Removing the drywall, however, also revealed the presence of some previous tenants. Namely, six mice that seemingly engaged in some form of suicide pact and fell into one of the wall cavities. Inevitably, a house this old is going to reveal some surprises. A few of which will unlikely be unexpected pests.

One other unexpected pest that has been discovered is a squirrel that has taken up residence in the eaves above the kitchen. At this point, we have no idea how it is getting in. But there is a hole somewhere, and it is large enough to allow not just squirrel, but also some pretty sizeable walnuts, judging from the detritus that the squirrel has left in its wake. And, given the quantity of walnut remains that the electricians have discovered as they’ve been laying cable for the kitchen lights, this has been going on for a while now. It is a wily squirrel, however; Gene has been trying to set a trap for it, using peanuts as bait. After three attempts, all Gene has to show for it is a small pile of spent peanut shells.

And, beneath it all, there is actually a sub-floor.

All in all, though, Gene and his team have been making awesome progress. The result is that the rooms we are renovating have now been gutted, the mice have been removed and the squirrel is still enjoying a free run of the eaves. From here, the work of rebuilding can commence.

We Were Floored (Tiled, Too…)

Having decided on the granite for the kitchen this morning, this afternoon it was about flooring and tiles. After a lovely lunch at the Katana Kafe (not responsible for the naming, but it is a wholly funky little restaurant right on the edge of London airport; the window looks out on the apron and both runways) we headed to Woodstock.

In our last house, we had tile in the kitchen (and therefore also the dining room, hallway and back entrance, it being all open concept). While easy to clean and durable, it is awfully hard and unforgiving (on wine glasses, as well as on feet). This time around, Dianne was proposing hardwood in the kitchen. While that might sound at first blush unusual (I know I did a double take), apparently it is more and more common to see hardwood throughout the house, including the kitchen. It is warmer, more forgiving and for the most part just as easy to maintain.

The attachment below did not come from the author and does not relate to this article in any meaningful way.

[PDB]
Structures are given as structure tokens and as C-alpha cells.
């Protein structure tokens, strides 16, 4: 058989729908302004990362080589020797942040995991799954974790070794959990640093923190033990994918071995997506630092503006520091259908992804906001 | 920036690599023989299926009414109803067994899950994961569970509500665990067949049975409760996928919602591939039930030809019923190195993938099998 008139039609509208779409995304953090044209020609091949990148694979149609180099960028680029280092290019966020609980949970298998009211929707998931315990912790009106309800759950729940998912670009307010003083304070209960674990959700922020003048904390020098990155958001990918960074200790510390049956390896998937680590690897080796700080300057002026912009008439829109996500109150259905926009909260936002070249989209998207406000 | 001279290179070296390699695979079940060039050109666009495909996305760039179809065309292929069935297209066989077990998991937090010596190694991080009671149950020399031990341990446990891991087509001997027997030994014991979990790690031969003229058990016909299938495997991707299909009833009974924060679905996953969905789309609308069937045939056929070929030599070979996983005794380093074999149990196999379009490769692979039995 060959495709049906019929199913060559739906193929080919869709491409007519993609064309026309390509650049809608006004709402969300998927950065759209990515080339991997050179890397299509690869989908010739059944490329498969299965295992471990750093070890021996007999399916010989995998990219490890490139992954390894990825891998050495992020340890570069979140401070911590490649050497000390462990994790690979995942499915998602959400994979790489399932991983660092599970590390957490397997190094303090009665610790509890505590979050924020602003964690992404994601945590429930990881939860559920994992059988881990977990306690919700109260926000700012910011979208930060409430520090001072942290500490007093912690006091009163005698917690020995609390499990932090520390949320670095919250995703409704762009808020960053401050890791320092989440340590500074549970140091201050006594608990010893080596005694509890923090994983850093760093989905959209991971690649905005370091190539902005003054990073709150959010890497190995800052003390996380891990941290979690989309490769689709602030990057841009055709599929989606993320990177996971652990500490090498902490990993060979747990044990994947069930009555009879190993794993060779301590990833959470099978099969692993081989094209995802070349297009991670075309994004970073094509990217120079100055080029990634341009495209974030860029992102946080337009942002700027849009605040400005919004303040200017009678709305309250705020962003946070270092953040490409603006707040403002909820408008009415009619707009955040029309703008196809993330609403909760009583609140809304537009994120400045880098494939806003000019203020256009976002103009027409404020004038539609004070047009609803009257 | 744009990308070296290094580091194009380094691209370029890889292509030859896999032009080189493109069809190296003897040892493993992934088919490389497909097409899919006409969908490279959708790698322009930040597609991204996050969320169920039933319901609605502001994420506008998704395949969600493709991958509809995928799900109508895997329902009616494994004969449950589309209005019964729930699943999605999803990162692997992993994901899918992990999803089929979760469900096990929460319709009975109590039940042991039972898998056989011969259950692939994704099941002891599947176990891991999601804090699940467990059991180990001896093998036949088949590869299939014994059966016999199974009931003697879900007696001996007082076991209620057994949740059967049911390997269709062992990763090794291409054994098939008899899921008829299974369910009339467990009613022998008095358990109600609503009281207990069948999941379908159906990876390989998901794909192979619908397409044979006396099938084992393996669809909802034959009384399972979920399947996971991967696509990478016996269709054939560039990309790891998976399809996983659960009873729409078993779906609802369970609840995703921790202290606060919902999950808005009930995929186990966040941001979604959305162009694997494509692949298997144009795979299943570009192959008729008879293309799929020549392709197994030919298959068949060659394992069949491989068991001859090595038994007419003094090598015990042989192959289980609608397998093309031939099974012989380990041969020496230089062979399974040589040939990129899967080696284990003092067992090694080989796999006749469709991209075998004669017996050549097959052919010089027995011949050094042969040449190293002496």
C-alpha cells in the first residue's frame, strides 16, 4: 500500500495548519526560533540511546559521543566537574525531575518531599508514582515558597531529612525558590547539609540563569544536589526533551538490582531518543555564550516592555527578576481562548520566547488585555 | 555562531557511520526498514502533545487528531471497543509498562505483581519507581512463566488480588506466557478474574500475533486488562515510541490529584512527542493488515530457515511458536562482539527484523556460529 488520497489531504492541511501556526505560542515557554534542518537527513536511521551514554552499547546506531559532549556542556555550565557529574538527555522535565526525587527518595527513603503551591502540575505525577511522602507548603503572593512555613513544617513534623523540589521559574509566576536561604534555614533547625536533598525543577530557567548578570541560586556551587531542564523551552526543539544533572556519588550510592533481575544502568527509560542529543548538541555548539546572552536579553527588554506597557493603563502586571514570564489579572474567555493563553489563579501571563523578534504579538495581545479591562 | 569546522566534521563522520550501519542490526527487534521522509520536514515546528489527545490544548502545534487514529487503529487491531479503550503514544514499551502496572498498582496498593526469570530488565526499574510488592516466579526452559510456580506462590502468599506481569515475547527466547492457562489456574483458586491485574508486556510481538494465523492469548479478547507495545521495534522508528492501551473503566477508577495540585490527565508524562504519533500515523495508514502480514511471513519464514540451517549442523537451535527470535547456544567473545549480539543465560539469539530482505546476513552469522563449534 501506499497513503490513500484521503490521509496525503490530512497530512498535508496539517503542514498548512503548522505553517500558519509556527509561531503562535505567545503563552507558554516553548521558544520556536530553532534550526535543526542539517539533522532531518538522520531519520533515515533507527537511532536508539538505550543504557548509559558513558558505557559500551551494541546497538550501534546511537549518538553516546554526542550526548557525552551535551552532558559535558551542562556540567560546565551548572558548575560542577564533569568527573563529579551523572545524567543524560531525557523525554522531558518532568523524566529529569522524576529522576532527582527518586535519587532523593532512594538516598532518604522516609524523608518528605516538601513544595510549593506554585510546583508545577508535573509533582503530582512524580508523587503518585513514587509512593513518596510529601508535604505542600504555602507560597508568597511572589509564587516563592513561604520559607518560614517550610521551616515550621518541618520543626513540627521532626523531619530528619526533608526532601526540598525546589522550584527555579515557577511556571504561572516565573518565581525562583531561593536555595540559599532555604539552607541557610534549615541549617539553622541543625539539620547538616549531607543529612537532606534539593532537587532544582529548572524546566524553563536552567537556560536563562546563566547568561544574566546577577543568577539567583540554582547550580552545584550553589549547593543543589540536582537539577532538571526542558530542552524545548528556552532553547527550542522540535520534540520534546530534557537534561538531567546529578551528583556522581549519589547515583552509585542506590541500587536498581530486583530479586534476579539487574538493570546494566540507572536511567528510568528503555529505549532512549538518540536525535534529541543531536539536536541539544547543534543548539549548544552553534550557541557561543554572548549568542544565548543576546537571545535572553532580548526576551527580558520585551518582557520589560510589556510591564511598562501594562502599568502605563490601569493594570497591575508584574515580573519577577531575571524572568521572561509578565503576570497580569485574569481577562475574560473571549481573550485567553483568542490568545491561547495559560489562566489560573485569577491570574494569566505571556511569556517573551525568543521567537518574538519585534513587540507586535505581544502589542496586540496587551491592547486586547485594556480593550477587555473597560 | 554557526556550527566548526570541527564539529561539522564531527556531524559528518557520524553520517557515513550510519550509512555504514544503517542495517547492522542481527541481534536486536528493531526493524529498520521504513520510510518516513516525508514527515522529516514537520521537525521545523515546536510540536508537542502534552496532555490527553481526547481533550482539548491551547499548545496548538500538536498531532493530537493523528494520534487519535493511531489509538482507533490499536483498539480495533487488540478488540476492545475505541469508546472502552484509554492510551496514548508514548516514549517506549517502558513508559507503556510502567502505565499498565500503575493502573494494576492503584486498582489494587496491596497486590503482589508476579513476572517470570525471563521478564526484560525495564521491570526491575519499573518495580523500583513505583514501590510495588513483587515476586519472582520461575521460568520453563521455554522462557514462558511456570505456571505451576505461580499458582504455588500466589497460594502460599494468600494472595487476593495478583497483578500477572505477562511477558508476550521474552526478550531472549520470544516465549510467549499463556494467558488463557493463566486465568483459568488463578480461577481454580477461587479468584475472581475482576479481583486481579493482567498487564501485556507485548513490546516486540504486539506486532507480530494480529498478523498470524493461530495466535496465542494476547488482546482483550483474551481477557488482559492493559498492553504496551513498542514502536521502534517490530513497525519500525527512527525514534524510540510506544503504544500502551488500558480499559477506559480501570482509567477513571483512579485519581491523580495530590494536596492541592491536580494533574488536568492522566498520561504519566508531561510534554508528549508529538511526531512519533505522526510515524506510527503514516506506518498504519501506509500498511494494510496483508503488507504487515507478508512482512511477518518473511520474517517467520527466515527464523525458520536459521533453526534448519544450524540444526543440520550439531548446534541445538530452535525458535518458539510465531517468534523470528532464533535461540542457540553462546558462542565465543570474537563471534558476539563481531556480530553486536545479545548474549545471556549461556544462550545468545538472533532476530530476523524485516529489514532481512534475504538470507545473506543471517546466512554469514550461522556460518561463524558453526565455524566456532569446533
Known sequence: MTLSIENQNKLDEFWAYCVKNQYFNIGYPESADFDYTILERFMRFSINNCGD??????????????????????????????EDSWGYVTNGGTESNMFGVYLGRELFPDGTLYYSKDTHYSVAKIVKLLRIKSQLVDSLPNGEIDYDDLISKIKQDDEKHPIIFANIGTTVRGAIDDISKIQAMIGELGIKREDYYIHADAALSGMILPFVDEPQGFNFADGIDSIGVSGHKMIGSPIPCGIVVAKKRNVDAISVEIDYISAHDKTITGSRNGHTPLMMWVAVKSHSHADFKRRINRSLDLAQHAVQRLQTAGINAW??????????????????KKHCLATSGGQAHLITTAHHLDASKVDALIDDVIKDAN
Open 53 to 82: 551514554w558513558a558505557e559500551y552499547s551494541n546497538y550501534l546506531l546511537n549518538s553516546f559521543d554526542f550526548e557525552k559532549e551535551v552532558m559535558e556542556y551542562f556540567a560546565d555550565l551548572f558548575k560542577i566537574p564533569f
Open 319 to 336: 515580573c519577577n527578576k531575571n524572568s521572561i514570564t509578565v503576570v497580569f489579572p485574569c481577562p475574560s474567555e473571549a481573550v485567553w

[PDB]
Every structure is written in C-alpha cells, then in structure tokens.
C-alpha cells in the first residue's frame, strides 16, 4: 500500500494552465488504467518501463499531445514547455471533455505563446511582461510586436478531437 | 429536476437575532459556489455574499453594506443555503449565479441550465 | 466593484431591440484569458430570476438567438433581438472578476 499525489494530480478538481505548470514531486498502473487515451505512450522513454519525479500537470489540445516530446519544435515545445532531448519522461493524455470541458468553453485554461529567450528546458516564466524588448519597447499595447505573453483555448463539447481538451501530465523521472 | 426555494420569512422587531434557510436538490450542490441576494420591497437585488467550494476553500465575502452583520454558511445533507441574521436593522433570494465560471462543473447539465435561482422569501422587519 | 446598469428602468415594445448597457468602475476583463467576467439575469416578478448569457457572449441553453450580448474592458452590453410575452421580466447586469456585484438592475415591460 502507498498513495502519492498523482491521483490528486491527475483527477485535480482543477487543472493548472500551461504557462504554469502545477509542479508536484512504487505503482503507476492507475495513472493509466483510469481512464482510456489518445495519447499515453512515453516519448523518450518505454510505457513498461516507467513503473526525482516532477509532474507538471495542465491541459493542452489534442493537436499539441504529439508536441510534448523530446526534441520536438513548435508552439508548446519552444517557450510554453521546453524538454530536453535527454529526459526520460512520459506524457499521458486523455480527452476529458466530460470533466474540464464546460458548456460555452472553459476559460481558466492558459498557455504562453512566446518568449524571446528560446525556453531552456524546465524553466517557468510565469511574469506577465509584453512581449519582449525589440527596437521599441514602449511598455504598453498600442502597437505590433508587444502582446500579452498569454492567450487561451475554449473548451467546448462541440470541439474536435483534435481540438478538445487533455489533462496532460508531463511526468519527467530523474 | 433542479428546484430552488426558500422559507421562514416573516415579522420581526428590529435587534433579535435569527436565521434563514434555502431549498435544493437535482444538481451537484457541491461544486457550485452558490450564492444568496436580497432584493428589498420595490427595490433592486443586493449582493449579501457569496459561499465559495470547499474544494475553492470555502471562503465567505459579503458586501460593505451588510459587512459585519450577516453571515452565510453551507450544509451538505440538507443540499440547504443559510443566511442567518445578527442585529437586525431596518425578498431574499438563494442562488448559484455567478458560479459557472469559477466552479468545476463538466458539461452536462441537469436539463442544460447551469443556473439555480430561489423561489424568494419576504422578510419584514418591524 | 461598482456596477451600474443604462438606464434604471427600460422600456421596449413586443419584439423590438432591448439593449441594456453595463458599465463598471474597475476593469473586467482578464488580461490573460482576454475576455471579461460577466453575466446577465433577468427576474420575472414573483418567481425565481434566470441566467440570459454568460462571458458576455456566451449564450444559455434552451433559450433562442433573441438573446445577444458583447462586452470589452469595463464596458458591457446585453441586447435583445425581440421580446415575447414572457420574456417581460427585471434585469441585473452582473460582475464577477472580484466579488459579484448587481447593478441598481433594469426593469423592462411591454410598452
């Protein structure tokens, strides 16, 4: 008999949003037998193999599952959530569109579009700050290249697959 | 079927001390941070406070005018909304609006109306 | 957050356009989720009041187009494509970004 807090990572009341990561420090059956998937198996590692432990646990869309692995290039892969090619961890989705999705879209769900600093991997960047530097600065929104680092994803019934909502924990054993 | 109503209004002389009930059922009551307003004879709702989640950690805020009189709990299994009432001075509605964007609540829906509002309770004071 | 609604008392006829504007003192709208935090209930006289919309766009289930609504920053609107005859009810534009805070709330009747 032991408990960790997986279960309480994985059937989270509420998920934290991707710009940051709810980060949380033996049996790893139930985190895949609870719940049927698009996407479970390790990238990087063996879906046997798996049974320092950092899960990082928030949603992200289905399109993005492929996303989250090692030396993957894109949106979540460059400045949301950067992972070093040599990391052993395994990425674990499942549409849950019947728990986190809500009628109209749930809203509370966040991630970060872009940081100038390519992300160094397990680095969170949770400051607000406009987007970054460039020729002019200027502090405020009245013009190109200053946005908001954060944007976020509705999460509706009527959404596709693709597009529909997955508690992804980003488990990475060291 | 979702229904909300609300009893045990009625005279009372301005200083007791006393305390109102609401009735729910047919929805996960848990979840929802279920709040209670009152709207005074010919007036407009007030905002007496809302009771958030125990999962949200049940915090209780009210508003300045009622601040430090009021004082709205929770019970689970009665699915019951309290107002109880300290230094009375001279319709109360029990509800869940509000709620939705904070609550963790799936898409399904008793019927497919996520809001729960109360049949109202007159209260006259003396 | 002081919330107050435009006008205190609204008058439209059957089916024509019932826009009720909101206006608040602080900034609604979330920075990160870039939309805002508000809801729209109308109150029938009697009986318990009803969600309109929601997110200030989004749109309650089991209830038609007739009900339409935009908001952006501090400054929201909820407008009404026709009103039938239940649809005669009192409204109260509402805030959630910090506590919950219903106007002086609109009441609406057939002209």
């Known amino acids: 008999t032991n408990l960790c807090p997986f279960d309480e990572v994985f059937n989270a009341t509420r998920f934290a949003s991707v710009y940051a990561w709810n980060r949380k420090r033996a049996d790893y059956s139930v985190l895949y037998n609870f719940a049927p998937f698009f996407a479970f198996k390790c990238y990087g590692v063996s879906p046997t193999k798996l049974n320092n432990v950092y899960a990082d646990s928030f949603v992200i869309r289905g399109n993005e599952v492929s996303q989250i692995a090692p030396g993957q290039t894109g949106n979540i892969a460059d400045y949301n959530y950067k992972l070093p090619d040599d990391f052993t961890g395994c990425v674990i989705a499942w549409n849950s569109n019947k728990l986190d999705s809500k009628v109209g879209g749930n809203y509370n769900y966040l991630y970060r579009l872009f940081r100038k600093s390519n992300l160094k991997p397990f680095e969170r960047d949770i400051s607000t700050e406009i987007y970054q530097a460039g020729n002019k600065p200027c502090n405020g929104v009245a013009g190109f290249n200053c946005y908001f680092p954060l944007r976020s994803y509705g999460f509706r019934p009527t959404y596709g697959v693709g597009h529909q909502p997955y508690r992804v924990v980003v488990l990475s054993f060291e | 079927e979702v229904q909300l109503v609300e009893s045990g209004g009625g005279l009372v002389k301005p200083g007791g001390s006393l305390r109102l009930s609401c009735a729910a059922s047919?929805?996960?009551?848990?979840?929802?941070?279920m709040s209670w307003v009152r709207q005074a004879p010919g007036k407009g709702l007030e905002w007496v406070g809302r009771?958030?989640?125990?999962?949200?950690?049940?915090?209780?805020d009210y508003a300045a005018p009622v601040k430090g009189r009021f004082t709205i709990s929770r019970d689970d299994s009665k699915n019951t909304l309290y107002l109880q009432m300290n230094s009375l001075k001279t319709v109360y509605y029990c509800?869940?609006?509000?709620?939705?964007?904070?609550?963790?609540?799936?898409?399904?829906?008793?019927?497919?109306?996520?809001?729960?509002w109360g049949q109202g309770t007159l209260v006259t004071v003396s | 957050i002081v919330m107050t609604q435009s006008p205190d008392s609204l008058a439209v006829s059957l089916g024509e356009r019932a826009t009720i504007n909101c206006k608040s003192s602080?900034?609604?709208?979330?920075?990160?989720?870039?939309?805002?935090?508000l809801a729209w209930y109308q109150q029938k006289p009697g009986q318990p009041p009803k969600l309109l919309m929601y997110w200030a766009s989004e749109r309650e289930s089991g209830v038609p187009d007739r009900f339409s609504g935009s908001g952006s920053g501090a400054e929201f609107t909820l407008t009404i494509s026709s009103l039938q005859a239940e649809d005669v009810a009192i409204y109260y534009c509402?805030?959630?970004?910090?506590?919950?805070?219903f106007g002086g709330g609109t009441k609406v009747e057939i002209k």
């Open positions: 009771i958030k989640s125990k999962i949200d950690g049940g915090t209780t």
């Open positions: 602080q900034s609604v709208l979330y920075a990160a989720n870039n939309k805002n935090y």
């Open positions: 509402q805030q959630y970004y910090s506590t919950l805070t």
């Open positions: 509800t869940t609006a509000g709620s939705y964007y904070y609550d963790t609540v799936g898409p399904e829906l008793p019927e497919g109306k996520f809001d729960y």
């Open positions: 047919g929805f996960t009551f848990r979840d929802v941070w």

In Boo Manor, we already have a great deal of hardwood. In fact, at last count, we have at least five different shades and styles of wood, and that’s just on the main floor. The dining room alone has wood of three different colours – from red to brown – and the great room and new addition has clear maple throughout. So part of the challenge was finding yet another wood floor colour and style that would be appropriate, not clash and tie together maple at one end of the kitchen with century-old oak at the other. How hard can that be?

We found our floor just lying underfoot. Literally.

As it turned out, it wasn’t hard at all. In fact, the answer was lying under our feet the minute we walked into the flooring store. And I mean that quite literally. There was a sampling of an engineered hardwood that was absolutely perfect – wide slabs, oak and hand-scraped for a natural, old-wood feel. The boards are beautiful, showing up grain and knots, with undulations where they have been ‘shaped’. But, because they are engineered, they are virtually impermeable to scratches, moisture and damage – which is pretty much exactly what you want in a kitchen. Or in a basement, for that matter. Because we liked the wood so much, we’re using it there too. So five minutes in, we’ve selected the majority of our flooring. Like I said, keep up.

Of course, there is still tiling for the kitchen and flooring for the guest bathroom, which we are also tackling during this project. For the kitchen, we wanted something that would be traditional, clean and appropriate to an 1800s farmhouse kitchen. What we found, relatively quickly, was a really nice subway tile that had some beautiful accent tiles – a plain pencil tile, as well as a more ornate pencil tile. While originally drawn to the white version, holding the tile up to the sample of Bora Bora that we had said that the grey tiles were the way to go – the detailing on the ornate pencil tile matches the green of the Bora Bora granite perfectly, and the grey is a nice, clean accent.

Tiles for the kitchen. A simple subway tile, and a lovely accent.

From there, it was a quick move to paint colours, along with a change to cabinet colours. One of the nice things about custom cabinets is that you can order them in quite literally any colour you want. And so we are going with a light grey-green upper, and a slightly darker grey-green on the lower cabinets and on the island, that perfectly pick up the colour of the granite and the tile backsplash. This means that, a half-day in, we’ve pretty much got a kitchen design. Pretty good work, if you ask me.